Systems of government that are not based on popular consent, such as Pinochet’s authoritarianism, are justified in situations when a concentrated distribution of political power is seen as a necessary response to the tensions of late development (Bollen, 1979: 574). Indeed, the lack of short-run accountability due to the absence of popular consent allowed Pinochet to implement short-run austerity measures to promote long-term economic prosperity (Diamond, 1990:50). I cannot help but critique this form of governance as the lack of accountability, derived from the absence of consent, implies that there is no source of power than the autocrat cannot overrule (Olson, 1993: 571), merely reflecting the will of the one, or the few, with elites able to create a manufactured will of the people (Schumpeter, 1967: 167). This in turn means that unlike democracies, authoritarian regimes are incapable of learning and adapting from their previous mistakes as they lack the feedback mechanism to do so via competitive elections. Indeed, democracy’s claim to superiority is derived from the ability to learn from mistakes and to rectify them through voting governments out of office (Rose and Mishler, 1996: 53). Strategically, democracies are forced to account for the interests of society as there is an incentive to respond the needs of the electorate, so to stay in power via the process of competitive elections (Christiano, 2019: 81). Similarly, new administrations can adapt and learn from previous administrations failures to satisfy the will of the people, unlike authoritarian regimes which cannot be voted out of power.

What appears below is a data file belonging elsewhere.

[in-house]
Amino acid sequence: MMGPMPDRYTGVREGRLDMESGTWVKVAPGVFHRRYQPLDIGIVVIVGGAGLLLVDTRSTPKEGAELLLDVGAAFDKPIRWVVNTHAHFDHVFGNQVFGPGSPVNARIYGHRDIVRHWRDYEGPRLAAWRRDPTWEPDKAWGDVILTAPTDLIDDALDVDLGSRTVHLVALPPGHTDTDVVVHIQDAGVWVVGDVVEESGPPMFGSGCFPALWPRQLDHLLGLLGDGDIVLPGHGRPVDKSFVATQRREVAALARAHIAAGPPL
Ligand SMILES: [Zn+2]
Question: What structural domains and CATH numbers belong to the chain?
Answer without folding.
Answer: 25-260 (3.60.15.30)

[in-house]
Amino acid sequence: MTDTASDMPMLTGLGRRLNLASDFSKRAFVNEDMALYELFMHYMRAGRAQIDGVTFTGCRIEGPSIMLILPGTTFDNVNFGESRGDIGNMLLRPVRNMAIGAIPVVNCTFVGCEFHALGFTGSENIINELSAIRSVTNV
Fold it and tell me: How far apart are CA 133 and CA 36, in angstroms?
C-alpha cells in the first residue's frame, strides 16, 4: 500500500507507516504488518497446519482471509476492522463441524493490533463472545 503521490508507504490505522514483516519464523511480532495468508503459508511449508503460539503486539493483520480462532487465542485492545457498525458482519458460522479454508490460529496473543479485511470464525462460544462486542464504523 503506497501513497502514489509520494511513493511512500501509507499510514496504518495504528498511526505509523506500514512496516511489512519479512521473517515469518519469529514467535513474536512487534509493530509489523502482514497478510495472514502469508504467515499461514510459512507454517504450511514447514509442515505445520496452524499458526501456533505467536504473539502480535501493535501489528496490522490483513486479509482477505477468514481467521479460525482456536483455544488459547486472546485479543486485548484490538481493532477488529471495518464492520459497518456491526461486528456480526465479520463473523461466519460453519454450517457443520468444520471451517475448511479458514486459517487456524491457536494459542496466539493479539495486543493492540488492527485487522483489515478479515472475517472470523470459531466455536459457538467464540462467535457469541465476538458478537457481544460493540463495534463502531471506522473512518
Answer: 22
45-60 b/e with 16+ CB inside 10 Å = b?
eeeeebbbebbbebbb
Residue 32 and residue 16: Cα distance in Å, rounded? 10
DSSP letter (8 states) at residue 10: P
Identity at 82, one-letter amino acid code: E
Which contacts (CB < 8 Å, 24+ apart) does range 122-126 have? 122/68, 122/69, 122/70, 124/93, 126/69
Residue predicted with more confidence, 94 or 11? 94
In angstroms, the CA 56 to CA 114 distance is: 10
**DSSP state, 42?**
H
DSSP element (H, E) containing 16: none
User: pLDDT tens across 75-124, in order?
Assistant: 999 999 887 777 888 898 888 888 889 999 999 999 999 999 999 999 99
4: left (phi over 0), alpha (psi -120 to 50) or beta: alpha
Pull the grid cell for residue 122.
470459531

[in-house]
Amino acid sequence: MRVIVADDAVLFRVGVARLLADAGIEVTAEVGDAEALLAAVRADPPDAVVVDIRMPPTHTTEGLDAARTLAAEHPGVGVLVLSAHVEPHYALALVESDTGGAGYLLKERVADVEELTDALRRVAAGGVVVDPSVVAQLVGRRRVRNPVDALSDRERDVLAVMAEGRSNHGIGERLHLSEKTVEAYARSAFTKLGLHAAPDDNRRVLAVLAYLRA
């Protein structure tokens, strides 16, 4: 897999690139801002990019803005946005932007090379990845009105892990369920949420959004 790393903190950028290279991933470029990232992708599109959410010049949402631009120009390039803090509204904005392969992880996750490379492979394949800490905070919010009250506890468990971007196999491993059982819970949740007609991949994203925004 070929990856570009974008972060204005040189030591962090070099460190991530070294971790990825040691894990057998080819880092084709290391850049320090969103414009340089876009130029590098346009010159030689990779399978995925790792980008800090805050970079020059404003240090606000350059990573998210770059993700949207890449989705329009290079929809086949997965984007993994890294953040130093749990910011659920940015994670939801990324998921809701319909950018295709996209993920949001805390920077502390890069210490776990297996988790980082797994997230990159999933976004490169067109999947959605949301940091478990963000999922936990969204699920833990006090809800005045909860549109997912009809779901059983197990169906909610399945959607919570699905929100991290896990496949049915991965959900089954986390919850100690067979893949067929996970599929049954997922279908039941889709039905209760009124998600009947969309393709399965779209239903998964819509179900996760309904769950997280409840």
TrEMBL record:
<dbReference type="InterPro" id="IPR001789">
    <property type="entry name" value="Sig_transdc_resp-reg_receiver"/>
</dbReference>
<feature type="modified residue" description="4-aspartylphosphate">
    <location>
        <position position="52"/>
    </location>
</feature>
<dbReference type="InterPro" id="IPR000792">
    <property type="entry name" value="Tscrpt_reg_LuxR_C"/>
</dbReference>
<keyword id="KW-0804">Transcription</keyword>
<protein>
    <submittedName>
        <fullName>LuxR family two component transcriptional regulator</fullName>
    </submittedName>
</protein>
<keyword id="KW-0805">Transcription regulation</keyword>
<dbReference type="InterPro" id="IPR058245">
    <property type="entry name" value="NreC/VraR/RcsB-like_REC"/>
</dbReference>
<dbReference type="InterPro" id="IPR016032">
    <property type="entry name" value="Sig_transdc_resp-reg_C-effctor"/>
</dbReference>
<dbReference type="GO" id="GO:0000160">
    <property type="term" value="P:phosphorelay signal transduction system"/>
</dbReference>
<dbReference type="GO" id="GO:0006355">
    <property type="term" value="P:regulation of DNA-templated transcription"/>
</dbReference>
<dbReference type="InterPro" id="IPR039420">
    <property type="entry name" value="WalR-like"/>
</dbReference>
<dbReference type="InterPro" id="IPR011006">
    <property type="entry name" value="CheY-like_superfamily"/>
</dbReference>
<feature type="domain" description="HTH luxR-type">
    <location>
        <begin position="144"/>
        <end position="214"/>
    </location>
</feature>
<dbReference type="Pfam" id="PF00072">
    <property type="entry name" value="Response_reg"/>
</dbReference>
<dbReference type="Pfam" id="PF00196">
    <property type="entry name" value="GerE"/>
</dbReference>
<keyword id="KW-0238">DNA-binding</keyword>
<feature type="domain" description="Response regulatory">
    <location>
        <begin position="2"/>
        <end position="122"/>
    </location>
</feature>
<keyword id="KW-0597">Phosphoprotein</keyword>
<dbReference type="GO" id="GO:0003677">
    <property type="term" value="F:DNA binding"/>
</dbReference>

On the topic of elections, this is not to say that they are the endpoint in defining democracy, but fair and free elections are certainly a good indication of the degree of democracy in a country, that is elections based on a degree of uncertainty of who will be in power and what their policies will be (Schmitter and Karl, 1991: 10). Santas argues that the best way to find out if the ruled consent is by elections (Santas, 2007: 79), but in addressing the fallacy of electoralism (Schmitter and Karl, 1991: 6), I would challenge this claim. North Korea is not simply a democracy because there is a decision-making process via the election. Self-government and self-determination are more so about the authorship of decisions, opposed to merely making them (Post, 2006: 26), thereby reflecting the true will of the people, thus incorporating their consent. This is an argument further supported by Dahl, who concludes that only a democratic government can provide the maximum opportunities for the freedom of self-determination (Dahl, 1996: 53), that is living under laws of the electorate choosing, thereby showcasing their consent.